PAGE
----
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Opinions Nov. 30, 2012

November 30, 2012
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Indiana Supreme Court
State of Indiana Ex Rel., Indiana Supreme Court Disciplinary Commission v. Derek A. Farmer
94S00-1103-MS-165
Attorney discipline. Rejected petition to enjoin unauthorized practice of law, holding that the Disciplinary Commission failed to prove that Farmer had engaged in the unauthorized practice of law, and failed to convince the court that Farmer could not have reasonably expected to be authorized for temporary admission due to a pending disciplinary proceeding.

Indiana Court of Appeals
In the Matter of the Adoption of Minor Children: C.B.M. and C.R.M.: C.A.B. v. J.D.M. and K.L.M.
37A03-1204-AD-149
Adoption. Reverses trial court’s denial of birth mother’s petition to set aside the adoption decree and remands for further proceedings, finding that the state’s consent to the adoption of C.B.M. and C.R.M. was arbitrary and capricious and in derogation of the birth mother’s procedural due process right to a meaningful appeal of the termination order, which was overturned prior to the grant of the adoption decree.

Peabody Energy Corp., Peabody Coal Co., LLC, and Black Beauty Coal Co. v. Richard F. Roark and Beelman Truck Co., and North American Capacity Ins. Co.
14A01-1112-CT-555
Civil Tort. Affirms its opinion in all regards to reverse a trial court’s grant of summary judgment to North American Capacity Insurance Co. In its petition for a rehearing, NAC argued the opinion did not explain if it had a duty to indemnify or only a duty to defend. The COA rejected the argument on the grounds it was not raised on appeal.  

Steven Hook, Jr. v. State of Indiana (NFP)
71A03-1204-CR-192
Criminal. Affirms conviction of Class C felony battery with a deadly weapon.

Erich Wilhelmi v. State of Indiana (NFP)
43A05-1204-CR-214
Criminal. Affirms conviction and sentence for three years in prison with two executed for a conviction of Class D felony failure to return to the scene of an accident resulting in serious bodily injury.

In Re: 2009 Marion County Tax Sale Parcel No. 1019054; Darryl W. Finkton, Sr. v. Auditor of Marion County, Treasurer of Marion County, and Indy-East Asset Development Corp. (NFP)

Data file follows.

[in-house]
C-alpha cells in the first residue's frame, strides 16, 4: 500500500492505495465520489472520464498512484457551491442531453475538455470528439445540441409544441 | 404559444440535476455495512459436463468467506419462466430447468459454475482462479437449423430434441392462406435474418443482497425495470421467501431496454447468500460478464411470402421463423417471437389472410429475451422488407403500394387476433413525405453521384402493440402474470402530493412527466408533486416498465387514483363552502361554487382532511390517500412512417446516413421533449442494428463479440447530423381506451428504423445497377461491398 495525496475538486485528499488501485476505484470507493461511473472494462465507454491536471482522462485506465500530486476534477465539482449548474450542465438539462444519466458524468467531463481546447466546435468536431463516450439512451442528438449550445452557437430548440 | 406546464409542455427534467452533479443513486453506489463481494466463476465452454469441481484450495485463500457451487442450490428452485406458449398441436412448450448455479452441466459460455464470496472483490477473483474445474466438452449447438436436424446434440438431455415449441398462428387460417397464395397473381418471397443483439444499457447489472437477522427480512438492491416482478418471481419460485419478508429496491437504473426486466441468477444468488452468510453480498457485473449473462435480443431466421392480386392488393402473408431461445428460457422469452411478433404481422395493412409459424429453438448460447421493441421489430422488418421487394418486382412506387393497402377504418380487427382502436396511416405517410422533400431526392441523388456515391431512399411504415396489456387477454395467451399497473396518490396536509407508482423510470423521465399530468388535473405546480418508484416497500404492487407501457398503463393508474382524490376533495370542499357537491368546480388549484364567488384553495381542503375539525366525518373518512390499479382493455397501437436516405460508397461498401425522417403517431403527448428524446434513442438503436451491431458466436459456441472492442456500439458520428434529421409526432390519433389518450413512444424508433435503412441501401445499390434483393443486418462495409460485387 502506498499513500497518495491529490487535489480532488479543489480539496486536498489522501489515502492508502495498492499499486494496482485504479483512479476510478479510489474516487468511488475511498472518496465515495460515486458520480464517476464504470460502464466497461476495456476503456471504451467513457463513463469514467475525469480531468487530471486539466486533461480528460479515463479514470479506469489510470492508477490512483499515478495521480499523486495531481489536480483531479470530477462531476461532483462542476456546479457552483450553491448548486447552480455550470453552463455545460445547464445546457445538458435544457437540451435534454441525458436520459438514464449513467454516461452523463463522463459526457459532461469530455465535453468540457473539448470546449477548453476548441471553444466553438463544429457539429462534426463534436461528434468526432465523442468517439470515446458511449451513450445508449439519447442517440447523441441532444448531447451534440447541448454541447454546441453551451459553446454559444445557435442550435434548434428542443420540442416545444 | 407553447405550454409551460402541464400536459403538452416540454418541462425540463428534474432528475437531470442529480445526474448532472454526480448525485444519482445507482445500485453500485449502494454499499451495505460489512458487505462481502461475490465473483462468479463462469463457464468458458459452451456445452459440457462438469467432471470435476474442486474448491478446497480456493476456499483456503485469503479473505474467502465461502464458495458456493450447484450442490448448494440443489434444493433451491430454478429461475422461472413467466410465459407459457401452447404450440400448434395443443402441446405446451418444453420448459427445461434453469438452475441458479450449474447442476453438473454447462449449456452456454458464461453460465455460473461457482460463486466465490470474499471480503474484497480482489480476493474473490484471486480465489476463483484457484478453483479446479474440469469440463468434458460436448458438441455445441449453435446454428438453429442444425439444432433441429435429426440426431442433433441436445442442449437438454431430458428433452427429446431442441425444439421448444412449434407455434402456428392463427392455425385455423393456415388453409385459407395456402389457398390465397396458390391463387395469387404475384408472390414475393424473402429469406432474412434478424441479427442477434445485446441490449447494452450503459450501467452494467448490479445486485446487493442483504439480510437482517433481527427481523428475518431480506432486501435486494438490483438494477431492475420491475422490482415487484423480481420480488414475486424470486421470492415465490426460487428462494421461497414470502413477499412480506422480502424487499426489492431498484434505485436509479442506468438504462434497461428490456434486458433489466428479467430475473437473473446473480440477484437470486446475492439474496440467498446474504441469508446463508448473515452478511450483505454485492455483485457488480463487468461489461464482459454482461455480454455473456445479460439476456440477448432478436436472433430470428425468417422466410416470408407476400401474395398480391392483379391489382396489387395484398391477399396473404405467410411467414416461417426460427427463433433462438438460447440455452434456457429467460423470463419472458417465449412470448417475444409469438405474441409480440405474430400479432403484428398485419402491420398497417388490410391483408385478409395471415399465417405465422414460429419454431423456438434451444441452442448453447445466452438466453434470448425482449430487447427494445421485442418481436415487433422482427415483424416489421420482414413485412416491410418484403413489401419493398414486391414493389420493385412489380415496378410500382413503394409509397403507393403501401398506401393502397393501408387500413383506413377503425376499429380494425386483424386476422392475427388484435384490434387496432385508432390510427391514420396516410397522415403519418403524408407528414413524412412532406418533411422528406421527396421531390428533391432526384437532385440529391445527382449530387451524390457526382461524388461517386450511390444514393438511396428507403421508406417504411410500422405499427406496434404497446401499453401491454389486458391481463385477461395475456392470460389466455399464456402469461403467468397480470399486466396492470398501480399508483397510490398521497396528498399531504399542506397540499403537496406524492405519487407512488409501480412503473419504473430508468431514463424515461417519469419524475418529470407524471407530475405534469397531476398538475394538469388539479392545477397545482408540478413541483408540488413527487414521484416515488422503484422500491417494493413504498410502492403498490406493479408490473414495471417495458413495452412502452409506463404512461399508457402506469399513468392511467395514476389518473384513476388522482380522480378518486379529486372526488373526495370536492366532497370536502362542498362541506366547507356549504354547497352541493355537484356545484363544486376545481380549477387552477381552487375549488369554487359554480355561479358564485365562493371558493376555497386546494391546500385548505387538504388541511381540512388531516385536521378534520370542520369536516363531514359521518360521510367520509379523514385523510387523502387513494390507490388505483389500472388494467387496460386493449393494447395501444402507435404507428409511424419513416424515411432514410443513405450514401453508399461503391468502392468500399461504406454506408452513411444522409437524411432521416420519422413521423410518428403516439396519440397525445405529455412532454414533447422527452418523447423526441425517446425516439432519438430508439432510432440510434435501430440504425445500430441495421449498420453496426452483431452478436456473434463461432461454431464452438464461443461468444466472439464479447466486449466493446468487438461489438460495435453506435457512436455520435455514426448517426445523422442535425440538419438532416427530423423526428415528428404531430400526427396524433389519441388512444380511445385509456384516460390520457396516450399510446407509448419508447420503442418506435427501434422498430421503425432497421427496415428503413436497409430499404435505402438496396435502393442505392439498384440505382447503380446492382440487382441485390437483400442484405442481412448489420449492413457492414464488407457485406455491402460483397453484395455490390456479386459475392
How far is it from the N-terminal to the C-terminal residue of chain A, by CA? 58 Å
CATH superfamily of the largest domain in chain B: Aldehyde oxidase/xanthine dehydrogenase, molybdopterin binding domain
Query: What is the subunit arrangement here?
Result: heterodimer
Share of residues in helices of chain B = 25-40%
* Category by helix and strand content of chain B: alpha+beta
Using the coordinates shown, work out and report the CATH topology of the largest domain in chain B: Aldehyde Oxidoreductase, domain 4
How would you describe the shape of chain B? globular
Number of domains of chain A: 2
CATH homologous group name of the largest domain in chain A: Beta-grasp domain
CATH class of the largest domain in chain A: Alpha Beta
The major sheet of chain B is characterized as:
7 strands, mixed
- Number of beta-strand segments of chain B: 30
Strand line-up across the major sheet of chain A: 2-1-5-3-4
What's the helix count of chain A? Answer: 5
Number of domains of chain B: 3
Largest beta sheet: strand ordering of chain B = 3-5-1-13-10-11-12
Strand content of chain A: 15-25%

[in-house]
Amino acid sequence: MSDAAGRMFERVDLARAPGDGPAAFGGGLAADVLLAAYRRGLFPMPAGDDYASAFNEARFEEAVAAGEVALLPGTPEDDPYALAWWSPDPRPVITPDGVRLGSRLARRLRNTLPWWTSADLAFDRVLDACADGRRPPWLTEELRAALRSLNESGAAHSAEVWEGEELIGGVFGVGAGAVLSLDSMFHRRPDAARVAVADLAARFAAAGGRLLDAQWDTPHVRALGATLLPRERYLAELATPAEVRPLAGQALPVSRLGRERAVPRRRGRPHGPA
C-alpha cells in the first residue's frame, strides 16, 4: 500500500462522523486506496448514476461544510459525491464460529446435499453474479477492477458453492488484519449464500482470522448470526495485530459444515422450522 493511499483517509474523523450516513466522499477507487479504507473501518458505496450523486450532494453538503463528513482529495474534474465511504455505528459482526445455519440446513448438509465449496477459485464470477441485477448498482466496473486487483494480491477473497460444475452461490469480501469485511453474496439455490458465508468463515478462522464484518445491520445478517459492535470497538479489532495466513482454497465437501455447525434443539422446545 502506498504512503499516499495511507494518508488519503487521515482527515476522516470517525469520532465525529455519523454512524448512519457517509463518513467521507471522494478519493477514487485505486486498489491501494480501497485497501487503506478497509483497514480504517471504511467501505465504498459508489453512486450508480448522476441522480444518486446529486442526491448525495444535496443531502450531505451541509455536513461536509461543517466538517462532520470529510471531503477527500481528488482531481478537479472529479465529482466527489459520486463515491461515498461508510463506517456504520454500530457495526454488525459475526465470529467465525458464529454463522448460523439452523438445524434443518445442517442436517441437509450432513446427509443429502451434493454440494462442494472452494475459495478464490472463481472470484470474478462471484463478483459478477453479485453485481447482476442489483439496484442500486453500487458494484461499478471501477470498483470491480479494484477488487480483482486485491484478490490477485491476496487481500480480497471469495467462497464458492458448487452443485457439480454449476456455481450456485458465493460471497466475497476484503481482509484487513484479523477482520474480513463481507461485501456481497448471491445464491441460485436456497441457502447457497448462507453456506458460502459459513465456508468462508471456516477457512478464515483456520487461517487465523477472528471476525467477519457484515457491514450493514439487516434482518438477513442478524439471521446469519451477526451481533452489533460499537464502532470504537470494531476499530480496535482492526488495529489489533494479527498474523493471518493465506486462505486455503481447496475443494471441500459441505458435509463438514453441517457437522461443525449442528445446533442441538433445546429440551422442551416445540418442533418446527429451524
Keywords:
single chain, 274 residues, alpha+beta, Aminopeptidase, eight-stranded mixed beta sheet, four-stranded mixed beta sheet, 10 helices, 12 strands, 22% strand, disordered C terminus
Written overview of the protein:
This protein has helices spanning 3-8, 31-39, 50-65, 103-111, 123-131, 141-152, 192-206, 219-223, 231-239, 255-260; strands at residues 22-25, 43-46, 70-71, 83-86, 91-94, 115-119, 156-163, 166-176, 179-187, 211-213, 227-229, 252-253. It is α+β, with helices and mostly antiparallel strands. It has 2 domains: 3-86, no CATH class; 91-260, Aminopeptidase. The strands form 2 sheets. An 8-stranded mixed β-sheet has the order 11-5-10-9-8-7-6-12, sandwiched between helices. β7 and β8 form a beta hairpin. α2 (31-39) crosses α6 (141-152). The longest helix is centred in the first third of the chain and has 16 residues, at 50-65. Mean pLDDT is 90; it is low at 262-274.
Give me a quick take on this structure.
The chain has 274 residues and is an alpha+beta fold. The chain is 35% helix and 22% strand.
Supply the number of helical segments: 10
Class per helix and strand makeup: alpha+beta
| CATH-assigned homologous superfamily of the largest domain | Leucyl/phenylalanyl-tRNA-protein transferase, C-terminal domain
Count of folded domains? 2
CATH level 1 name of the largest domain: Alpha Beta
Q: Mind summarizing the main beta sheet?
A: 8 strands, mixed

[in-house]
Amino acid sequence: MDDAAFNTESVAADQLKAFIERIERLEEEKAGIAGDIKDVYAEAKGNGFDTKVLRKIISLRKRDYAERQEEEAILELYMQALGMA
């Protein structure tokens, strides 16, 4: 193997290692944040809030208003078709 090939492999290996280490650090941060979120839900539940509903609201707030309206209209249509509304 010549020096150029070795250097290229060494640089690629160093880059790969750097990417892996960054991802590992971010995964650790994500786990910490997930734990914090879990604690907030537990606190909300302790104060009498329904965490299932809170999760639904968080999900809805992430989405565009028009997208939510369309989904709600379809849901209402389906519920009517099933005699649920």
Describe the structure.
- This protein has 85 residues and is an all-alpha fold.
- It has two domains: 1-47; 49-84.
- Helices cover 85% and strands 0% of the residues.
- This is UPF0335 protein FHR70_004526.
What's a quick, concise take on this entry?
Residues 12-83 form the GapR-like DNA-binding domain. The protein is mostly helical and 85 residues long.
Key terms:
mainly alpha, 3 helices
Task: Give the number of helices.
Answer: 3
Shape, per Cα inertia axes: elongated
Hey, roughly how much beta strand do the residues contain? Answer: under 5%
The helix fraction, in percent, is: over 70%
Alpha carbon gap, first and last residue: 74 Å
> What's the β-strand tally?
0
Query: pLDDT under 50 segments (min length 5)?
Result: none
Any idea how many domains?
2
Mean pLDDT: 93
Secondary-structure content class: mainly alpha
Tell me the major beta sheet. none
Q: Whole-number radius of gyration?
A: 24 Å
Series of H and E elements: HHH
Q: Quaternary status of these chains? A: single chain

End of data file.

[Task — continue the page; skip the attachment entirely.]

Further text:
49A02-1201-MI-41
Miscellaneous/tax sale. Affirms reissuance of tax deed to auditor.

Danny G. Young v. State of Indiana (NFP)
82A05-1205-CR-229
Criminal. Affirms concurrent sentence of six years for a conviction of Class C felony forgery and two years each for convictions of Class D felony counts of receiving stolen property and fraud.

Jose Carlos Arce v. State of Indiana (NFP)
88A05-1206-PC-324
Post-conviction relief. Affirms in part, reverses in part and remands to the trial court for a hearing on Arce’s claim of ineffective assistance of counsel.

Siraj Khaja Ahmed v. Asma Saman Ahmed (NFP)
64A03-1204-DR-175
Domestic relations/divorce. Affirms trial court denial of Siraj’s motion to correct error and its grant of Asma’s motion to dismiss.  
 
Alberto R. Melendez Cruz v. State of Indiana (NFP)
45A05-1203-CR-150
Criminal. Affirms conviction of murder.
 

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  1. The appellate court just said doctors can be sued for reporting child abuse. The most dangerous form of child abuse with the highest mortality rate of any form of child abuse (between 6% and 9% according to the below listed studies). Now doctors will be far less likely to report this form of dangerous child abuse in Indiana. If you want to know what this is, google the names Lacey Spears, Julie Conley (and look at what happened when uninformed judges returned that child against medical advice), Hope Ybarra, and Dixie Blanchard. Here is some really good reporting on what this allegation was: http://media.star-telegram.com/Munchausenmoms/ Here are the two research papers: http://www.sciencedirect.com/science/article/pii/0145213487900810 http://www.sciencedirect.com/science/article/pii/S0145213403000309 25% of sibling are dead in that second study. 25%!!! Unbelievable ruling. Chilling. Wrong.